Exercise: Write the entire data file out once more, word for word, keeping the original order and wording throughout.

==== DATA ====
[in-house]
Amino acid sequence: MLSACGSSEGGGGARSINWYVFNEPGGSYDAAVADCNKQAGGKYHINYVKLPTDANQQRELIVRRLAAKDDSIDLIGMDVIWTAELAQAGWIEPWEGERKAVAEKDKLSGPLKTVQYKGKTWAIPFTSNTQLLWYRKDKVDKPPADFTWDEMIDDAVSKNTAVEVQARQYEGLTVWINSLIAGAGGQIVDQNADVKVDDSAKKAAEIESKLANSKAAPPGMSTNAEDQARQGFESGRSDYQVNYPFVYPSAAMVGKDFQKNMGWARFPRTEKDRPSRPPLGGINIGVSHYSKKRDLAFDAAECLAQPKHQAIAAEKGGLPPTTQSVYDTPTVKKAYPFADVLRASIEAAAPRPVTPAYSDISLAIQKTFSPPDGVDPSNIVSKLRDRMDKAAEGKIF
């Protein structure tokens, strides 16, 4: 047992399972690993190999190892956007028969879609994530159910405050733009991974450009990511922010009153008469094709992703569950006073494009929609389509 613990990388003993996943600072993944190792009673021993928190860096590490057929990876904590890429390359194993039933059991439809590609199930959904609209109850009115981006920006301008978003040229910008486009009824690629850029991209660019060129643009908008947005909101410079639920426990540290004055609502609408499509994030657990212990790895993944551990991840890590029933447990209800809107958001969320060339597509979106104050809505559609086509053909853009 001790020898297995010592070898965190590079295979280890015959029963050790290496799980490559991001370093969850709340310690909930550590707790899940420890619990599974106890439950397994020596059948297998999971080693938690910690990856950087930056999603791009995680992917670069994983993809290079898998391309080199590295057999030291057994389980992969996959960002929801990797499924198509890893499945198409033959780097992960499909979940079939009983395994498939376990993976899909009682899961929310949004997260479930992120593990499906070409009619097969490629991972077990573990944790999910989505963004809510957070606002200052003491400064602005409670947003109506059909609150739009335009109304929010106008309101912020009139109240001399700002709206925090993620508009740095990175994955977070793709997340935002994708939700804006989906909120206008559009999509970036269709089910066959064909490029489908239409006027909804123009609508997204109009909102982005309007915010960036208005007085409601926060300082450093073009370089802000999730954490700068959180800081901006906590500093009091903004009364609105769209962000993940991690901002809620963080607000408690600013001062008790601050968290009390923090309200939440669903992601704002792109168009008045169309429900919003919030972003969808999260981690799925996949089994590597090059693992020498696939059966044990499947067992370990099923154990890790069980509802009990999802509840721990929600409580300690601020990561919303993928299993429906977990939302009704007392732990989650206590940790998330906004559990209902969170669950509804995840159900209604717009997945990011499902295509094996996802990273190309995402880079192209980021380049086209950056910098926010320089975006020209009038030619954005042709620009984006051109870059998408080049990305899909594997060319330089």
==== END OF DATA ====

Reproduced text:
[in-house]
Amino acid sequence: MLSACGSSEGGGGARSINWYVFNEPGGSYDAAVADCNKQAGGKYHINYVKLPTDANQQRELIVRRLAAKDDSIDLIGMDVIWTAELAQAGWIEPWEGERKAVAEKDKLSGPLKTVQYKGKTWAIPFTSNTQLLWYRKDKVDKPPADFTWDEMIDDAVSKNTAVEVQARQYEGLTVWINSLIAGAGGQIVDQNADVKVDDSAKKAAEIESKLANSKAAPPGMSTNAEDQARQGFESGRSDYQVNYPFVYPSAAMVGKDFQKNMGWARFPRTEKDRPSRPPLGGINIGVSHYSKKRDLAFDAAECLAQPKHQAIAAEKGGLPPTTQSVYDTPTVKKAYPFADVLRASIEAAAPRPVTPAYSDISLAIQKTFSPPDGVDPSNIVSKLRDRMDKAAEGKIF
């Protein structure tokens, strides 16, 4: 047992399972690993190999190892956007028969879609994530159910405050733009991974450009990511922010009153008469094709992703569950006073494009929609389509 613990990388003993996943600072993944190792009673021993928190860096590490057929990876904590890429390359194993039933059991439809590609199930959904609209109850009115981006920006301008978003040229910008486009009824690629850029991209660019060129643009908008947005909101410079639920426990540290004055609502609408499509994030657990212990790895993944551990991840890590029933447990209800809107958001969320060339597509979106104050809505559609086509053909853009 001790020898297995010592070898965190590079295979280890015959029963050790290496799980490559991001370093969850709340310690909930550590707790899940420890619990599974106890439950397994020596059948297998999971080693938690910690990856950087930056999603791009995680992917670069994983993809290079898998391309080199590295057999030291057994389980992969996959960002929801990797499924198509890893499945198409033959780097992960499909979940079939009983395994498939376990993976899909009682899961929310949004997260479930992120593990499906070409009619097969490629991972077990573990944790999910989505963004809510957070606002200052003491400064602005409670947003109506059909609150739009335009109304929010106008309101912020009139109240001399700002709206925090993620508009740095990175994955977070793709997340935002994708939700804006989906909120206008559009999509970036269709089910066959064909490029489908239409006027909804123009609508997204109009909102982005309007915010960036208005007085409601926060300082450093073009370089802000999730954490700068959180800081901006906590500093009091903004009364609105769209962000993940991690901002809620963080607000408690600013001062008790601050968290009390923090309200939440669903992601704002792109168009008045169309429900919003919030972003969808999260981690799925996949089994590597090059693992020498696939059966044990499947067992370990099923154990890790069980509802009990999802509840721990929600409580300690601020990561919303993928299993429906977990939302009704007392732990989650206590940790998330906004559990209902969170669950509804995840159900209604717009997945990011499902295509094996996802990273190309995402880079192209980021380049086209950056910098926010320089975006020209009038030619954005042709620009984006051109870059998408080049990305899909594997060319330089």